As a dermatologist, I’m always asked if there are any new products that people can use to make their skin look younger, healthier and more beautiful. So, I try to stay current on new products or nutritional information that helps achieve these ends and pass it on to my patients and, you, my readers. Lately, I came across some research about a common fatty acid that kind of raises a “rock and a hard place” issue that puts the youthful beauty of your skin in opposition to the strength of your muscles. Let me explain the controversy to you…
Ceramides: Youthful Skin or Weak Muscles?
Youthful-looking skin results from how much moisture is retained in the skin layers internally. Optimal internal skin moisture is what gives young skin that plump, smooth look. Younger skin has an abundance of a fatty molecule called ceramide. Ceramides are found naturally in the top, upper layer of your skin. They are essential to the functioning of your natural skin barrier and play a big role in maintaining moisture in your skin. Older skin has lost much of its ceramide and that’s why it is drier, less taut, and has lost that plump young look.
There are external moisturizers available on the market, which contain “phytoceramides” (from plants, namely wheat) that can help fight dryness and slackness in the top layer. They’ve been research proven to help xerosis – a dryness condition associated with age. Topically applied ceramides have even been shown in research to improve eczema. They have been shown to improve the skin’s natural barrier against environmental irritants as well.
About 16 years ago, in 1997, French researchers had the idea to boost internal moisture by boosting dietary ceramide content. They discovered a way to put wheat-based ceramides into supplement form. The product was a big hit in Japan and these powdered “beauty drinks” are still popularly consumed there today. There are other dietary supplemental forms of ceramides made from konjac as well with user testimonials stating that their skin has improved and looks more youthful. Clinical studies done on women taking ceramide products reported significant improvement in whole body skin hydration – especially arms and legs – with reduced redness, and itching along with increased suppleness.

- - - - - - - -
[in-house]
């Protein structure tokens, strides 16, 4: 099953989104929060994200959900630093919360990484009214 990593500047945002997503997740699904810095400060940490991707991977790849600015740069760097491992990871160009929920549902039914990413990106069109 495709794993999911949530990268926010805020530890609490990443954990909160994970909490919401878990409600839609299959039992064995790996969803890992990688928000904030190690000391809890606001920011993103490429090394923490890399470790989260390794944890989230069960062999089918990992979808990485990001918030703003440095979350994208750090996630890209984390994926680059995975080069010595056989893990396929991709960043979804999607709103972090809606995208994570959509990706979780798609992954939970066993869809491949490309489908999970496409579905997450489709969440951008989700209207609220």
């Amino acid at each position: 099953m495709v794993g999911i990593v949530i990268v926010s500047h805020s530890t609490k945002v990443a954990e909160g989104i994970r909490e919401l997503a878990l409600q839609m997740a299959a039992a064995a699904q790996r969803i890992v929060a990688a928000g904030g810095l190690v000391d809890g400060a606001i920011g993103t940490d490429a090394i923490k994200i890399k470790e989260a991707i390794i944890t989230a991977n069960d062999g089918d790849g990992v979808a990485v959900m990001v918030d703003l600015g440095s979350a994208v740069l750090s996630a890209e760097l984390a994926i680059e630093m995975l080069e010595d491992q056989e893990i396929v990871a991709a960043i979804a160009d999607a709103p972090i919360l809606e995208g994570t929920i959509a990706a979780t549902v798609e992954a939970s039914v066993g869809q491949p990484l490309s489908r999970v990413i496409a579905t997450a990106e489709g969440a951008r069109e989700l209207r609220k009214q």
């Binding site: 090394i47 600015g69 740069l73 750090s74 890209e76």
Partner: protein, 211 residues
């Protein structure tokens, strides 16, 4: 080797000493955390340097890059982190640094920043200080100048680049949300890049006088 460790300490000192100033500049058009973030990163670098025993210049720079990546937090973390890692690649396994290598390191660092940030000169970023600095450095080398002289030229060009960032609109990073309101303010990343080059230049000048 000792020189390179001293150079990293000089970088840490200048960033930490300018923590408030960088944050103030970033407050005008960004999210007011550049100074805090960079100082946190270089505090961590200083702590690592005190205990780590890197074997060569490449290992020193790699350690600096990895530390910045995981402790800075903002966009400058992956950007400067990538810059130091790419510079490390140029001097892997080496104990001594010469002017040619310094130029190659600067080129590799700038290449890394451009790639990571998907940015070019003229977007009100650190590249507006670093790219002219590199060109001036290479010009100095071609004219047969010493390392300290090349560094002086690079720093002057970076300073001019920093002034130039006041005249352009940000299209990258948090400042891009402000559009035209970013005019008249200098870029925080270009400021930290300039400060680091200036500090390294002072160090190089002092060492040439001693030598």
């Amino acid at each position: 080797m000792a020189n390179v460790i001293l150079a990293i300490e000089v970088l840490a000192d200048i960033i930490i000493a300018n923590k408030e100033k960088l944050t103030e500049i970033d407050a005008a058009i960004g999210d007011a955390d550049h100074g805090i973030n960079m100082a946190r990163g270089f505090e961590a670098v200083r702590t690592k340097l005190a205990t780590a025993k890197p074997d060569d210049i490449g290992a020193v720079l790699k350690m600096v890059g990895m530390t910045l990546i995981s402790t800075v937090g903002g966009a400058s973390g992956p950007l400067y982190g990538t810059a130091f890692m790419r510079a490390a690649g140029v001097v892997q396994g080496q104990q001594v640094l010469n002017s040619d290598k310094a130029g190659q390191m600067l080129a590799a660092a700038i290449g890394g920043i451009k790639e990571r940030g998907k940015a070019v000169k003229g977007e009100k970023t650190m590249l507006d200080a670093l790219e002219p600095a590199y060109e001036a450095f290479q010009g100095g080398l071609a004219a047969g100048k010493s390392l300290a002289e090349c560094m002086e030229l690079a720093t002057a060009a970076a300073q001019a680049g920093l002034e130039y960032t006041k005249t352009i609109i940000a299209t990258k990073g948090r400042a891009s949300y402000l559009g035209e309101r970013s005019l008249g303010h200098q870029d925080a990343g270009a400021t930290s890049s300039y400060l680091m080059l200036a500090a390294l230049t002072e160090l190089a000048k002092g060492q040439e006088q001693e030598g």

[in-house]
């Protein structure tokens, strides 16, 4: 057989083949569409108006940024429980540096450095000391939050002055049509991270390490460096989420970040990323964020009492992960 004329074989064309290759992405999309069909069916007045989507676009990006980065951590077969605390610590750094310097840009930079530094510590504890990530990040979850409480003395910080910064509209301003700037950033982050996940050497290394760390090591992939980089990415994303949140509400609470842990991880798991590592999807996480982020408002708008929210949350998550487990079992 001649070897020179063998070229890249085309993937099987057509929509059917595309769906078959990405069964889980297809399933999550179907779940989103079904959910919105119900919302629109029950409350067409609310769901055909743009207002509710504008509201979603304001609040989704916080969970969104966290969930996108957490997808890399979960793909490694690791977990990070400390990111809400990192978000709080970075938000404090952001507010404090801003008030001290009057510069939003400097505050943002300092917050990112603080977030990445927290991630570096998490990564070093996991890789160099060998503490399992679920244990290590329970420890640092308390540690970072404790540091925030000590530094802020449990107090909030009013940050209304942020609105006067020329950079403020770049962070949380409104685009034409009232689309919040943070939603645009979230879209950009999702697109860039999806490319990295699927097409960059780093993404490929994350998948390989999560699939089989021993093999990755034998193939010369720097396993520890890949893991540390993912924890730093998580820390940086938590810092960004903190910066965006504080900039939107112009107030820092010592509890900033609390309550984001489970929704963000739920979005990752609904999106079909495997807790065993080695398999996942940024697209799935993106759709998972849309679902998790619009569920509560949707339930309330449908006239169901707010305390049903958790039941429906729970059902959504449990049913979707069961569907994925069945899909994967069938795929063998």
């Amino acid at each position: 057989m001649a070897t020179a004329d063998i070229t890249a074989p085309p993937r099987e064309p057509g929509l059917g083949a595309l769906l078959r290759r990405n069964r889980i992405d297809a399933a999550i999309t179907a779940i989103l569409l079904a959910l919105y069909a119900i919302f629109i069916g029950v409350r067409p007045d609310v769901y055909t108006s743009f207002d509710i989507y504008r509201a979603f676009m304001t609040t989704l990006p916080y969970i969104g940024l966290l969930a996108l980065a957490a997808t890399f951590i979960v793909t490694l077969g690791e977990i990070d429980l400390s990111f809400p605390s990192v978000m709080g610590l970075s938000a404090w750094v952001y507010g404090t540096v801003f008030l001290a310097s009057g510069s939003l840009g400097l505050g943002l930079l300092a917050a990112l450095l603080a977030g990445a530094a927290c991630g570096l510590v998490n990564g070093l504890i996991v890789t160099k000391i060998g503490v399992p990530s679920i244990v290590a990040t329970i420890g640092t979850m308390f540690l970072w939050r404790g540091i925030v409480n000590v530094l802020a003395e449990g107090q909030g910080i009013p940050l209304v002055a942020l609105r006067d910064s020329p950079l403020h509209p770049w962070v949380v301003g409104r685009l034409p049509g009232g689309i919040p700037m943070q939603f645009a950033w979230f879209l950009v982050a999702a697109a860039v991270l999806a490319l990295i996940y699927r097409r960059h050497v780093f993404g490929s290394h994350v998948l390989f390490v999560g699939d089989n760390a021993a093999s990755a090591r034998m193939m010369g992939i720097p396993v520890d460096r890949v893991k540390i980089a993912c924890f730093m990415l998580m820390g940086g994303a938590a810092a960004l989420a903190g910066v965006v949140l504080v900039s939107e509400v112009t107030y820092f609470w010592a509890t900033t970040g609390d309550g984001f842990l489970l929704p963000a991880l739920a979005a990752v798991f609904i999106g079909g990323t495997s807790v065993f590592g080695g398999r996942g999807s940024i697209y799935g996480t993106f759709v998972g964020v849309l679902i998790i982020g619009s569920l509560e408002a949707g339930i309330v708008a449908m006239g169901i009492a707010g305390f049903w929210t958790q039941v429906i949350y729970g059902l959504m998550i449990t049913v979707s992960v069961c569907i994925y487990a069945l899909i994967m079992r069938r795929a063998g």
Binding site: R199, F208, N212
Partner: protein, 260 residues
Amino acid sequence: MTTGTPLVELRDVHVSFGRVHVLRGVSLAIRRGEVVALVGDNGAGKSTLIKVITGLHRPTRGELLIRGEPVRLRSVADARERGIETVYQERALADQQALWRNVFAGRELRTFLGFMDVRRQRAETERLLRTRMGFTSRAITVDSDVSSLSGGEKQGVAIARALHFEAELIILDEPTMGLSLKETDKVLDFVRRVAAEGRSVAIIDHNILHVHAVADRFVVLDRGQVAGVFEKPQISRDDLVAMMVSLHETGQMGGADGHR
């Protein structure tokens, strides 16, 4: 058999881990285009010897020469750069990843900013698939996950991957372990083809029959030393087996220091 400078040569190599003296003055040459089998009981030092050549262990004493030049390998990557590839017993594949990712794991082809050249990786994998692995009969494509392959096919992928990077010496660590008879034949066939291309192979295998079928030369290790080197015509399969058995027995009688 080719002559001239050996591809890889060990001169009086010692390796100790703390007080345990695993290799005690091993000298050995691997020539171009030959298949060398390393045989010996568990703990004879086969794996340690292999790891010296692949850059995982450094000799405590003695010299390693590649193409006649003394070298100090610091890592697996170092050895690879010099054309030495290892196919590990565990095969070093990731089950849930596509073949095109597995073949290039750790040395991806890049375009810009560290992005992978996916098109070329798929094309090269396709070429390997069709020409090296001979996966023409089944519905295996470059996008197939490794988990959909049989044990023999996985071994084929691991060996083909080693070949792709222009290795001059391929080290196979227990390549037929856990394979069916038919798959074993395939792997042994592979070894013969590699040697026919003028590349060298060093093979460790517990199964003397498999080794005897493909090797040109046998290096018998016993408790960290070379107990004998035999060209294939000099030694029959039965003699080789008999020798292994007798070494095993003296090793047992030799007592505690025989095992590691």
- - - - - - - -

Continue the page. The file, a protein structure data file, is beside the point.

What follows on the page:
Sounds like great news for your skin right? Yes, but here comes some, recently reported, not so great news about ceramides.
Tufts University’s Jean Mayer Nutrition Research Center on Aging has revealed that, in studies involving muscle weakness, a build up of ceramide fatty acids were found in muscles. And that likely these ceramide build-ups were responsible for muscle deterioration in older adults. This was true whether the study participants were obese or of normal weight. The study showed that two types of ceramide fatty acids were predominantly found to be both 156% and 30% higher in older men.
While it’s been well known for awhile that muscle mass decreases as you get older and is replaced by fat – it’s felt that ceramide-type fat may be more damaging than other types. The researchers concluded that more studies on the association of ceramide deposits and muscle loss needed to be done on both women and men. And, that dietary intervention to fight muscle loss may be developed from these findings. Meaning, you may need to alter your diet to exclude, or decrease, dietary intake of ceramides. Without taking ceramide skin supplements, natural dietary food sources of ceramides are found in fairly large amounts in dairy products, eggs, soybean, and good amounts in wheat flour, grapeseed oil, sunflower oil, walnut oil, to name a few.
While the Tufts University study on ceramides is just 1 study – it may be wise to just use topical ceramide products on your skin rather than take ceramide supplements, until further research findings are in. As you get older, the last thing you want is weaker muscles – you want to keep them strong. You might want to decrease your intake of dairy, egg and soybean, to occasional intake. You can find the calcium you seek in dairy in other plant sources. In addition, the best way to keep your muscles strong is to use them. Resistance exercise (free weights, your own body weight) at least 3 times a week, coupled with a higher protein diet, can help prevent muscle weakness and loss.
Jay Brachfeld, M.D.